The two great Sanskrit epic poems – “Ramayana” and “Mahabharata” – and Divali, the Hindu festival of lights, are treasured in most of Asia, and they have a universal appeal. Divali this year is observed as an official holiday on October 30, not only in India, but from Malaysia to Suriname, from Myanmar to Singapore, and in numerous other countries.
The heroes of “Ramayana” provide the focus of a beautifully displayed, unique exhibit in San Francisco’s Asian Art Museum, “The Rama Epic: Hero, Heroine, Ally, Foe.” (http://www.asianart.org/exhibitions_index/exhibitions) The essence of “The Rama Epic” parallels Divali, with the ancient tale’s account of Prince Rama’s rescue of Sita, his abducted wife, with help of the monkey warrior Hanuman, against the evil, 10-headed demon king Ravana. (Both “Ramayana” and “Mahabharata” deal with Dharma – a key concept of cosmic order in Hinduism, Buddhism, Sikhism and Jainism – and the tasks of vanquishing evil, attaining wisdom.)
Forrest McGill, Wattis Senior Curator of South and Southeast Asian Art, who is responsible the “Rama” exhibit says: “For many Indians and people of Indian heritage an important association of Divali is that it commemorates the triumphant return of Rama and Sita to the capital after their long exile.”
From McGill – who has made the subject a centerpiece of an illustrious career – and exhibition designer Marco Centin comes a superb show illuminating a complex subject, little known to the majority of an American audience. The organization of the exhibit is clear, informative, and beautiful… the visual delight limited only by low-key lighting necessitated by the sensitivity of some of the precious objects. Each principal character of the epic gets a distinct space: Prince Rama is represented in the Osher Gallery; abducted wife Sita gets half of the Hambrecht Gallery, monkey warrior-king Hanuman the rest; the demon king Ravana resides in the Lee Gallery; and the Resource Room is used for alternative endings of Sita’s story.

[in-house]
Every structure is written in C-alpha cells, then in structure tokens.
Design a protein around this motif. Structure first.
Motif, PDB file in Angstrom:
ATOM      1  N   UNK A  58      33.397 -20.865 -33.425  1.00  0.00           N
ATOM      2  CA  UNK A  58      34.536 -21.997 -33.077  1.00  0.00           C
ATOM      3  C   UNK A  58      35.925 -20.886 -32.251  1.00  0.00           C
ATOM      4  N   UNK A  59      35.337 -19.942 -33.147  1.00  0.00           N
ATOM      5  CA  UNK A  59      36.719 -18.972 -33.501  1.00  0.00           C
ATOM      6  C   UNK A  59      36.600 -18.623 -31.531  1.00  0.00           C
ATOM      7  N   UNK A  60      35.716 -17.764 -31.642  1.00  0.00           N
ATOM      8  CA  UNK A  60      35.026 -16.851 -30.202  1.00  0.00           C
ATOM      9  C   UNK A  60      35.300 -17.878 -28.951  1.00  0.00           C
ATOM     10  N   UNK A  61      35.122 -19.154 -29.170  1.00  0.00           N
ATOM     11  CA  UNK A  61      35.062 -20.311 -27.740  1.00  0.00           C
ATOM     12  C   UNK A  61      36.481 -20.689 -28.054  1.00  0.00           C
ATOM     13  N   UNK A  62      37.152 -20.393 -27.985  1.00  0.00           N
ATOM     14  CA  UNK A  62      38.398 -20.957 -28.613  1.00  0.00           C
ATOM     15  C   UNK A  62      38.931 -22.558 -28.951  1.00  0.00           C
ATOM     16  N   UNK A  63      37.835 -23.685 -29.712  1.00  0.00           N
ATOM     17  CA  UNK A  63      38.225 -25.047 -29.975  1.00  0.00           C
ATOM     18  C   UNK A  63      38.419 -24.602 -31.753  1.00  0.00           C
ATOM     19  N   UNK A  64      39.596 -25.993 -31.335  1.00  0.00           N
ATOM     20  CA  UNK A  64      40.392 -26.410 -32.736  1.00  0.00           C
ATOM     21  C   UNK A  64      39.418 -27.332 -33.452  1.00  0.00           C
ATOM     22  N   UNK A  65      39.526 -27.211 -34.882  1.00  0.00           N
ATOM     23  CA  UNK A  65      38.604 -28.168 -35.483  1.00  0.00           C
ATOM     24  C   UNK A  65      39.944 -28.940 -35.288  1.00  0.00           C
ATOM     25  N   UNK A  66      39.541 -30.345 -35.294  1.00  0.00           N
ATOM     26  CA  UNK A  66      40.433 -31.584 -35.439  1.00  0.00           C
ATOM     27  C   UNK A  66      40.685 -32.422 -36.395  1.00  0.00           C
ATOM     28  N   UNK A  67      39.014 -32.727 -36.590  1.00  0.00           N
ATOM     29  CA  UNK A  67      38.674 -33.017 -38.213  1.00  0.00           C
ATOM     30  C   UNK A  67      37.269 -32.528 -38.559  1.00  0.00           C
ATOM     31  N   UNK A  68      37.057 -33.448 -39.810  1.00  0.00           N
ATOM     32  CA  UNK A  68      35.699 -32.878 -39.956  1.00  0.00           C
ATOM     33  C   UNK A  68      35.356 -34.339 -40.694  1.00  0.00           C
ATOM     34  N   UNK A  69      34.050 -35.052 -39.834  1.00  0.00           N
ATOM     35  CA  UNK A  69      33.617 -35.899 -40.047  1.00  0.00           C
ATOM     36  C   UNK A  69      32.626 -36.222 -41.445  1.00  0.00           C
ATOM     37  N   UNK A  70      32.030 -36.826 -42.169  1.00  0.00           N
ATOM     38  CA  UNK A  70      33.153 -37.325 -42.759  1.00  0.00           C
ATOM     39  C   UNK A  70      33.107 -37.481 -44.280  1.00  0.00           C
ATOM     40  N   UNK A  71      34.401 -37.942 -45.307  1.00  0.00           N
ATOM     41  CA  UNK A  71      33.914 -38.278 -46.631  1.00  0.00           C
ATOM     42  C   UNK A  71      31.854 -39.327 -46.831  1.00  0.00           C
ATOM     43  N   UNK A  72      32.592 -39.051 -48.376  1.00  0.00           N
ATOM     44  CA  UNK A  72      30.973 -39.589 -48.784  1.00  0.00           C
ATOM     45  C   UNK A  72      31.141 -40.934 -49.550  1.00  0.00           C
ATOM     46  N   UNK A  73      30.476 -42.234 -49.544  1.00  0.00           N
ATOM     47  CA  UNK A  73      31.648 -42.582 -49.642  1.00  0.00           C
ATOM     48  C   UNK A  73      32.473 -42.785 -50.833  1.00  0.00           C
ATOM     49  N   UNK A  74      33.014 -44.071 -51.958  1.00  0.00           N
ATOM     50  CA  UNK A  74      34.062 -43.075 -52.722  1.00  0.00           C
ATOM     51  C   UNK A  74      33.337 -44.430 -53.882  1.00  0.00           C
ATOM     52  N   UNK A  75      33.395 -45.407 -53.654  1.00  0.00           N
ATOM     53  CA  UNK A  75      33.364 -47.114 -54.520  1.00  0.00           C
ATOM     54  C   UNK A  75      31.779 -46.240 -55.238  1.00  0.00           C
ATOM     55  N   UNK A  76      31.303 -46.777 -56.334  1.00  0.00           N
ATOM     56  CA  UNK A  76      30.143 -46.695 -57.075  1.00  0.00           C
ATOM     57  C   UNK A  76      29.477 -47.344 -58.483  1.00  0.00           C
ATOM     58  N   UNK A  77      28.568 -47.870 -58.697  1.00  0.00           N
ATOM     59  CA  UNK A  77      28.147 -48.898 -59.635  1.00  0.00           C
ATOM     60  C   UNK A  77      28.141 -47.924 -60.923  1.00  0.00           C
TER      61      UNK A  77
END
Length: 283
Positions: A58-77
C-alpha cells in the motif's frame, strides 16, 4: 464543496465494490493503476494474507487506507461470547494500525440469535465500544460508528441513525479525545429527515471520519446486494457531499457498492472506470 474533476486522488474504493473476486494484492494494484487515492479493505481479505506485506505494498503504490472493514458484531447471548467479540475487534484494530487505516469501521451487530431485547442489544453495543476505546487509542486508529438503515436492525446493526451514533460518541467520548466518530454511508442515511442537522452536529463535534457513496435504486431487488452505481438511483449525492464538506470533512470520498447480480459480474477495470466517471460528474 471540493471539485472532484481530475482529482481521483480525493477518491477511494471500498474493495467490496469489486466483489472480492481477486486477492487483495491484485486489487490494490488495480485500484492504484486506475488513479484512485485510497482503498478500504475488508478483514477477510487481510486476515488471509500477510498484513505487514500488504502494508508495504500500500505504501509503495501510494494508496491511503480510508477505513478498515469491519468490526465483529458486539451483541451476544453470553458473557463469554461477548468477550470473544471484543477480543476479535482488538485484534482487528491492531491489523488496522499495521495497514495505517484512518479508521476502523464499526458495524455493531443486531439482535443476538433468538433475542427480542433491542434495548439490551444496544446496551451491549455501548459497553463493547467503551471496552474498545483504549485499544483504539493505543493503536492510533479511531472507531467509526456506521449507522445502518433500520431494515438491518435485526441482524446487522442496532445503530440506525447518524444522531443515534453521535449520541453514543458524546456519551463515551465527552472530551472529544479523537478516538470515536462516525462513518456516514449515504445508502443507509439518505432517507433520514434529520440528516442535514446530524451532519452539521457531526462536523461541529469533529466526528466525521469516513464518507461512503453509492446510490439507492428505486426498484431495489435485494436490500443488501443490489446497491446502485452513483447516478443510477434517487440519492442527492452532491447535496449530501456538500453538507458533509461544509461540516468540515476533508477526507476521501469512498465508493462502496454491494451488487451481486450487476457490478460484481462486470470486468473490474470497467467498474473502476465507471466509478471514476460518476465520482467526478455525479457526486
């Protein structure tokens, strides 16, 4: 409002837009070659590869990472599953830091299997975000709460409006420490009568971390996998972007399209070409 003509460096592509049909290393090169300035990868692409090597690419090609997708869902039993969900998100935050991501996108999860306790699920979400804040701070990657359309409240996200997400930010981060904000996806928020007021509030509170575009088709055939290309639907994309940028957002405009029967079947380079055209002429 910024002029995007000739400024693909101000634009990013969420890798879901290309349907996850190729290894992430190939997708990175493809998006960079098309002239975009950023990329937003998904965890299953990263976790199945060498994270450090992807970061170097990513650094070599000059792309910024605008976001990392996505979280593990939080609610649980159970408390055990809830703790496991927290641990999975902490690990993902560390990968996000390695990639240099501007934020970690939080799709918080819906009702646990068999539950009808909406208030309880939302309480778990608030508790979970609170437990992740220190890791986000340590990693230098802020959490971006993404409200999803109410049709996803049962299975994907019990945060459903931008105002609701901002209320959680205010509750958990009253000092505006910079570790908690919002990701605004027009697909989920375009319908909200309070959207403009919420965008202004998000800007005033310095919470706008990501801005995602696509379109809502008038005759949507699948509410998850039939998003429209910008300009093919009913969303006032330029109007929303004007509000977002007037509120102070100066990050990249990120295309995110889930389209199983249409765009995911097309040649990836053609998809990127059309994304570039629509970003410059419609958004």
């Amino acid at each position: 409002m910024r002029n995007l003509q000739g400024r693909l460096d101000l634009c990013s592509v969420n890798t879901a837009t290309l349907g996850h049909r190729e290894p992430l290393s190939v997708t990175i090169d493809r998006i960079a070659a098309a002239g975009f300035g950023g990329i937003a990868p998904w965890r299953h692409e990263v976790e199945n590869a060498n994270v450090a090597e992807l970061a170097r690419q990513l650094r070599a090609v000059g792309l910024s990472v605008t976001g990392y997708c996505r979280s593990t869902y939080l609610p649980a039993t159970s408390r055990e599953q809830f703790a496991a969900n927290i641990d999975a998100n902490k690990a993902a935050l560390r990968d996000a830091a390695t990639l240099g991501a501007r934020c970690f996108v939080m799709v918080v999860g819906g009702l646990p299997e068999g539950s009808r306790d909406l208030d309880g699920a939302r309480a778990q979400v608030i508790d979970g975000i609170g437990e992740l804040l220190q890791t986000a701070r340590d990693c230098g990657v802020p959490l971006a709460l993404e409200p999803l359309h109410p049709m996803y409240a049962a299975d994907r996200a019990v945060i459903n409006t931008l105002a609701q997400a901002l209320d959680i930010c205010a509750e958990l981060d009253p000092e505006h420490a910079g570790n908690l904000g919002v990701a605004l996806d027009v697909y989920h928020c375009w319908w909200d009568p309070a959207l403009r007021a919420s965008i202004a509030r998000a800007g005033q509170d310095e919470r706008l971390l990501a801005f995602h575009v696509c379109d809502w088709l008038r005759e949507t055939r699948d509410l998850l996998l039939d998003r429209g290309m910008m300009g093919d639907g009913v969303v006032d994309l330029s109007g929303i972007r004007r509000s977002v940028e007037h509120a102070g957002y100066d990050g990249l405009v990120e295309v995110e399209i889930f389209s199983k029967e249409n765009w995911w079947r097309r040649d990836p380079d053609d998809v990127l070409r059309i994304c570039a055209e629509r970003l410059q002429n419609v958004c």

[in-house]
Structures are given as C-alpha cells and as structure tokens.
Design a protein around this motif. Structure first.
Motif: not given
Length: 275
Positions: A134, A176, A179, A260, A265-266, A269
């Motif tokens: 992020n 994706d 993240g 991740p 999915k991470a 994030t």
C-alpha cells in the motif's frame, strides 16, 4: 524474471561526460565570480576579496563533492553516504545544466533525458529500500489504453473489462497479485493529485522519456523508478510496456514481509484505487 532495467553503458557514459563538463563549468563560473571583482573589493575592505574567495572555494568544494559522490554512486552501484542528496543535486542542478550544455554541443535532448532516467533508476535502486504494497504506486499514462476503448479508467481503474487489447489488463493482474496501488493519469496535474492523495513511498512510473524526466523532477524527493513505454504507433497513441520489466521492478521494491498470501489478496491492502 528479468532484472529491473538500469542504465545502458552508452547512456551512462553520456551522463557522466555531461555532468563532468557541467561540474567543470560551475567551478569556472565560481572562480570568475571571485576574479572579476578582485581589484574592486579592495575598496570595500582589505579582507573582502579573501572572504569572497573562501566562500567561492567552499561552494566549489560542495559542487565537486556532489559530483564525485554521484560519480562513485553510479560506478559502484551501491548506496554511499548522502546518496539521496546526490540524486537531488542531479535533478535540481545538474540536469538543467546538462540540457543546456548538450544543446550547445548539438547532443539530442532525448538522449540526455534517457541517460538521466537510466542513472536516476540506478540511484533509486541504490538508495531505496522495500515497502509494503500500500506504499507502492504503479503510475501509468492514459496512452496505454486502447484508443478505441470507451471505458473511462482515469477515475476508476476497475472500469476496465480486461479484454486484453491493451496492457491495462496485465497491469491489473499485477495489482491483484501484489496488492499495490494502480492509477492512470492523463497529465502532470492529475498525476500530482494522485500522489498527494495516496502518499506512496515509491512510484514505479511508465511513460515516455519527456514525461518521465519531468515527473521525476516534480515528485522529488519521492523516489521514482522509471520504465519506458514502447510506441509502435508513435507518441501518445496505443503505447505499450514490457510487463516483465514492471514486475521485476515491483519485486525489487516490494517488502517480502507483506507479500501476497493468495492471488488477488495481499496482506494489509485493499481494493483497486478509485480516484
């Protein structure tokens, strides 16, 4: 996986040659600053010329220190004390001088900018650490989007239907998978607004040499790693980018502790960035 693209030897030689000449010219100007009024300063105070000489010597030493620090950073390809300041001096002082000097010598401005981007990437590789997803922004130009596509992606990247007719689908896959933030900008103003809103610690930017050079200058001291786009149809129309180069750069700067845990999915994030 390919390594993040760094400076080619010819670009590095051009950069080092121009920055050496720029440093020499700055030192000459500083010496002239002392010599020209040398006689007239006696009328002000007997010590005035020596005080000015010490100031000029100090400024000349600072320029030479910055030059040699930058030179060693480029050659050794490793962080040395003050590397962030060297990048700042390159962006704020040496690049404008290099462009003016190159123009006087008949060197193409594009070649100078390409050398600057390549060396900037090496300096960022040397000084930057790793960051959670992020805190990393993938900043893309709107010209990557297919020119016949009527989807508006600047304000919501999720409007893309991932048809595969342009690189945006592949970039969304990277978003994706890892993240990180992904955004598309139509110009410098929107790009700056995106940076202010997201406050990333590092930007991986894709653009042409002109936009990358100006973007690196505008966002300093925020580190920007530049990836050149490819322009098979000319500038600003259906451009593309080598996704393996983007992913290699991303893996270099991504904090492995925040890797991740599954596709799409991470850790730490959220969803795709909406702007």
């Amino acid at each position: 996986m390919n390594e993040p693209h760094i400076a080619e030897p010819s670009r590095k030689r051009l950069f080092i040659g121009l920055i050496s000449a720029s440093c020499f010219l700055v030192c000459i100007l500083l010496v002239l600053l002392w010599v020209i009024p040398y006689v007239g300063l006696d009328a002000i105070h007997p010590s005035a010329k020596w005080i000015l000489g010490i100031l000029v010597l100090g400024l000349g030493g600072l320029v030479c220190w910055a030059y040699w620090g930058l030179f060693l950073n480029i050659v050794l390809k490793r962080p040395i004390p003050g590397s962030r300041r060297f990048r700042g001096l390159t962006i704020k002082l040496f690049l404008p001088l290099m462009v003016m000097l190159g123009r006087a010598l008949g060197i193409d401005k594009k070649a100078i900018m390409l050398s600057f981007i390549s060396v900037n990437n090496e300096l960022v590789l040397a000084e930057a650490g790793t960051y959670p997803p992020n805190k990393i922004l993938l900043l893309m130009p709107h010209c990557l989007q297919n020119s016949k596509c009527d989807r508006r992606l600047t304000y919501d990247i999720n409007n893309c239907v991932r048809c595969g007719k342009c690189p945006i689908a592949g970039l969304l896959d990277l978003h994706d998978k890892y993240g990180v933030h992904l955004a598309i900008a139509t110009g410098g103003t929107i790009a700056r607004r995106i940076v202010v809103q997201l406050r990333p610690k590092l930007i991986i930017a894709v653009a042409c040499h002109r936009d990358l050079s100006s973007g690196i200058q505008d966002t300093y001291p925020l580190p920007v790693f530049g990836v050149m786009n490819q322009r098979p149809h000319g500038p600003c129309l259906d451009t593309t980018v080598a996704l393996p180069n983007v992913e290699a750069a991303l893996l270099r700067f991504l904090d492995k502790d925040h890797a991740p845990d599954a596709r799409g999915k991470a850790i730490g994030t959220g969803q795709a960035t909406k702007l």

Both at the museum and online (http://ramaepic.asianart.org), there dozens of videos with the story, depicting such dramatic episodes as Sita’s abduction (https://youtu.be/Vr-tg1QGVfI) and Sita’s trial by fire to prove her innocence (https://youtu.be/NFLjvVRC0XU).
The 135 pieces of art in the exhibit span over regions and time, ranging from ancient objects to representation from recent years. Says Museum Director Jay Xu of the “Rama” epic: “It has timeless value and myriad representations in different cultures, particularly across South and Southeast Asia. Though its tale is thousands of years old, the ‘Rama’ epic is a living tradition and is constantly evolving.”
In McGill’s description, the exhibit presents “a multimedia tradition… its exciting, touching, morally uplifting episodes have been recounted, sung, enacted on stage, danced, performed as classical puppet theater, and, in recent decades, presented in TV serials, movies, and video games.” The artworks – sculpture, paintings, ivory carving – have been borrowed from museums around Europe, Britain, and the U.S. McGill and Centin enriched the contents with video clips of TV serials and videos or recordings of classical, court, and folk performances for the epic’s key episodes.
Among objects not to be missed: a thousand-year-old large, intricate bronze of Sita; bizarre theatrical masks; a large (folded) painting of “Rama” scenes from Burma; 20th century lithograph of Hanuman, seemingly a patron saint of body-builders.